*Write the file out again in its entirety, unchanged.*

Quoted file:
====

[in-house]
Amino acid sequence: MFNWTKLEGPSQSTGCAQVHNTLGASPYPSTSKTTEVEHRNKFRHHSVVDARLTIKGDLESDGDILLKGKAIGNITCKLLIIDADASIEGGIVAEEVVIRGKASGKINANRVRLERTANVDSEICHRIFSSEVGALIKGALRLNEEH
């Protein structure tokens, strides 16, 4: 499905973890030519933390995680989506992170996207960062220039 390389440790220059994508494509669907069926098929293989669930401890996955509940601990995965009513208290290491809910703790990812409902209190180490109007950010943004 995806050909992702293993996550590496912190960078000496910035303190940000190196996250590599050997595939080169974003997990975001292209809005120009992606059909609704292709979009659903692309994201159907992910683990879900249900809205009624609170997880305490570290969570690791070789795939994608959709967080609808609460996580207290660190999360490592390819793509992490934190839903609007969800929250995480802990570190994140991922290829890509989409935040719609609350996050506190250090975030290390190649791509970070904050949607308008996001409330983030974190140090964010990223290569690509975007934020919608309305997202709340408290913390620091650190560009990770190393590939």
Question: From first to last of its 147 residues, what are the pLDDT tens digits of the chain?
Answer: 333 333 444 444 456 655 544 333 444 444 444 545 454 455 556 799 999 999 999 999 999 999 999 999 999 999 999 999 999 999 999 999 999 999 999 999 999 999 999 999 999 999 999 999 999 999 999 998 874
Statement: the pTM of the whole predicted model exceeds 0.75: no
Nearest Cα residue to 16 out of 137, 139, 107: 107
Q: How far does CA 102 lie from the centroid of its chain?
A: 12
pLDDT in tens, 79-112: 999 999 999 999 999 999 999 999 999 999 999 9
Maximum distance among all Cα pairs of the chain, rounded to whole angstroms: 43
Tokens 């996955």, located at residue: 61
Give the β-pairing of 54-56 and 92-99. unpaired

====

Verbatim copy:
[in-house]
Amino acid sequence: MFNWTKLEGPSQSTGCAQVHNTLGASPYPSTSKTTEVEHRNKFRHHSVVDARLTIKGDLESDGDILLKGKAIGNITCKLLIIDADASIEGGIVAEEVVIRGKASGKINANRVRLERTANVDSEICHRIFSSEVGALIKGALRLNEEH
């Protein structure tokens, strides 16, 4: 499905973890030519933390995680989506992170996207960062220039 390389440790220059994508494509669907069926098929293989669930401890996955509940601990995965009513208290290491809910703790990812409902209190180490109007950010943004 995806050909992702293993996550590496912190960078000496910035303190940000190196996250590599050997595939080169974003997990975001292209809005120009992606059909609704292709979009659903692309994201159907992910683990879900249900809205009624609170997880305490570290969570690791070789795939994608959709967080609808609460996580207290660190999360490592390819793509992490934190839903609007969800929250995480802990570190994140991922290829890509989409935040719609609350996050506190250090975030290390190649791509970070904050949607308008996001409330983030974190140090964010990223290569690509975007934020919608309305997202709340408290913390620091650190560009990770190393590939």
Question: From first to last of its 147 residues, what are the pLDDT tens digits of the chain?
Answer: 333 333 444 444 456 655 544 333 444 444 444 545 454 455 556 799 999 999 999 999 999 999 999 999 999 999 999 999 999 999 999 999 999 999 999 999 999 999 999 999 999 999 999 999 999 999 999 998 874
Statement: the pTM of the whole predicted model exceeds 0.75: no
Nearest Cα residue to 16 out of 137, 139, 107: 107
Q: How far does CA 102 lie from the centroid of its chain?
A: 12
pLDDT in tens, 79-112: 999 999 999 999 999 999 999 999 999 999 999 9
Maximum distance among all Cα pairs of the chain, rounded to whole angstroms: 43
Tokens 């996955």, located at residue: 61
Give the β-pairing of 54-56 and 92-99. unpaired